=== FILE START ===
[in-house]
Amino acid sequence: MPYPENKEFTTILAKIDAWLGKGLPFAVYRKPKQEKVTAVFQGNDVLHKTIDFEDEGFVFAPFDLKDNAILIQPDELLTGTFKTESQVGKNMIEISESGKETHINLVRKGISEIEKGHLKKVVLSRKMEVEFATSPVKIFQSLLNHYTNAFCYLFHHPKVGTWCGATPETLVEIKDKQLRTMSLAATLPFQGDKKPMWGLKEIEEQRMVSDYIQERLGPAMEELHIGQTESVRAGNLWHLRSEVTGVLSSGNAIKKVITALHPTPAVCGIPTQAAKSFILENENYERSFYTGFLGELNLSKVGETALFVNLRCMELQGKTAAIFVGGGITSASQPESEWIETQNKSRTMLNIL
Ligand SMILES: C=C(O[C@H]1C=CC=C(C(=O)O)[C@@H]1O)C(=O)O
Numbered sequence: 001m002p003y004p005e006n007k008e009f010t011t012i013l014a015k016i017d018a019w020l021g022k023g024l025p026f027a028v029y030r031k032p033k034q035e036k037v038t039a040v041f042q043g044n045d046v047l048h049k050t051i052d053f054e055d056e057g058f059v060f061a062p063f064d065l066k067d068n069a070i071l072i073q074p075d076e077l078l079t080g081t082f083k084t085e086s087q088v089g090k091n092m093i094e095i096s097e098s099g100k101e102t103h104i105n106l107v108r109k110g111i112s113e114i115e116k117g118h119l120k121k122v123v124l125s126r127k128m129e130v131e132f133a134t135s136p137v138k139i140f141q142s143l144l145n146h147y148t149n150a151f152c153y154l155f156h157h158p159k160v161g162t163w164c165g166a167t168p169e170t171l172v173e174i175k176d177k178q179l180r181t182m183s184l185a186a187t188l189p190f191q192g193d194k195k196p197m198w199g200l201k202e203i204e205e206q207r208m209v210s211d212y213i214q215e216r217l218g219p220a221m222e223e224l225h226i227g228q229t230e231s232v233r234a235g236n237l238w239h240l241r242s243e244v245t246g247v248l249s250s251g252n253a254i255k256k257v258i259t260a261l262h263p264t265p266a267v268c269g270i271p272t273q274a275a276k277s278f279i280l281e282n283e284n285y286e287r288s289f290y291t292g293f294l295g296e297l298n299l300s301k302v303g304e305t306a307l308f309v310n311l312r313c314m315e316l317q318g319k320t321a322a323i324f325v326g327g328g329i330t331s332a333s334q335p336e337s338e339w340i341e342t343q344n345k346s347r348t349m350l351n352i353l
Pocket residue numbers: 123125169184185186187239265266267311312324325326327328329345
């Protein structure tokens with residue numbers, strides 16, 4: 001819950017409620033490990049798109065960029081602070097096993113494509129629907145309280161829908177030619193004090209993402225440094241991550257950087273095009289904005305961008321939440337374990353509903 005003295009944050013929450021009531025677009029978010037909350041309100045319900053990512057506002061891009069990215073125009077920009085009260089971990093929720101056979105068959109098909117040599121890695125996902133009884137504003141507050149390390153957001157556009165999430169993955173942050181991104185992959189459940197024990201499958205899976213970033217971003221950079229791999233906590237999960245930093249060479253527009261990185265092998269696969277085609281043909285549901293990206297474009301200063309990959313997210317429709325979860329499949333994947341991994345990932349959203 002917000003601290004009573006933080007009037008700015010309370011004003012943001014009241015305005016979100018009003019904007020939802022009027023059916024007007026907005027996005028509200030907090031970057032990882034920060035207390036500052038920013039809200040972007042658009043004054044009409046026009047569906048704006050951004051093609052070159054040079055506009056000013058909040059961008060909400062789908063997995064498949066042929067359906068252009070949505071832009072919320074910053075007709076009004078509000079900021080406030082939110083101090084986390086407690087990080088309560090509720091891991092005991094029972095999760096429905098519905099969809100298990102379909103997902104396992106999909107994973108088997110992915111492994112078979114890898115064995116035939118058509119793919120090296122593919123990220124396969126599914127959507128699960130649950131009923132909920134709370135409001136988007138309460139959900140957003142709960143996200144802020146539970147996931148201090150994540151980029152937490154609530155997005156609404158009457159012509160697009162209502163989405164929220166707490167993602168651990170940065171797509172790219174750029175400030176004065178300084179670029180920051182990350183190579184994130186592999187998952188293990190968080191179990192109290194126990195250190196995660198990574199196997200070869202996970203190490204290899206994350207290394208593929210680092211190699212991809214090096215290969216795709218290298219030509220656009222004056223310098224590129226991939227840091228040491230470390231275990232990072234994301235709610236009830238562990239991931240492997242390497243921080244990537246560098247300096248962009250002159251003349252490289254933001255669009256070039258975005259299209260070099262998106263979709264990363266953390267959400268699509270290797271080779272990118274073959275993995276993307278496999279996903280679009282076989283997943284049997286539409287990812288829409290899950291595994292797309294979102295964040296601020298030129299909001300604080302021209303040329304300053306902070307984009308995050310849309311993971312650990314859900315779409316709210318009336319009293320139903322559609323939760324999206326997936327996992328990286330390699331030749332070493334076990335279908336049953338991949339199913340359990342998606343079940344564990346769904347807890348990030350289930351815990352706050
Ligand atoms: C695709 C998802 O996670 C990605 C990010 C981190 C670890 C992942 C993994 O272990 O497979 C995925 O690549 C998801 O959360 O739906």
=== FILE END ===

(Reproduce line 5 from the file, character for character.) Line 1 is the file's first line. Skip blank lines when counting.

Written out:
Pocket residue numbers: 123125169184185186187239265266267311312324325326327328329345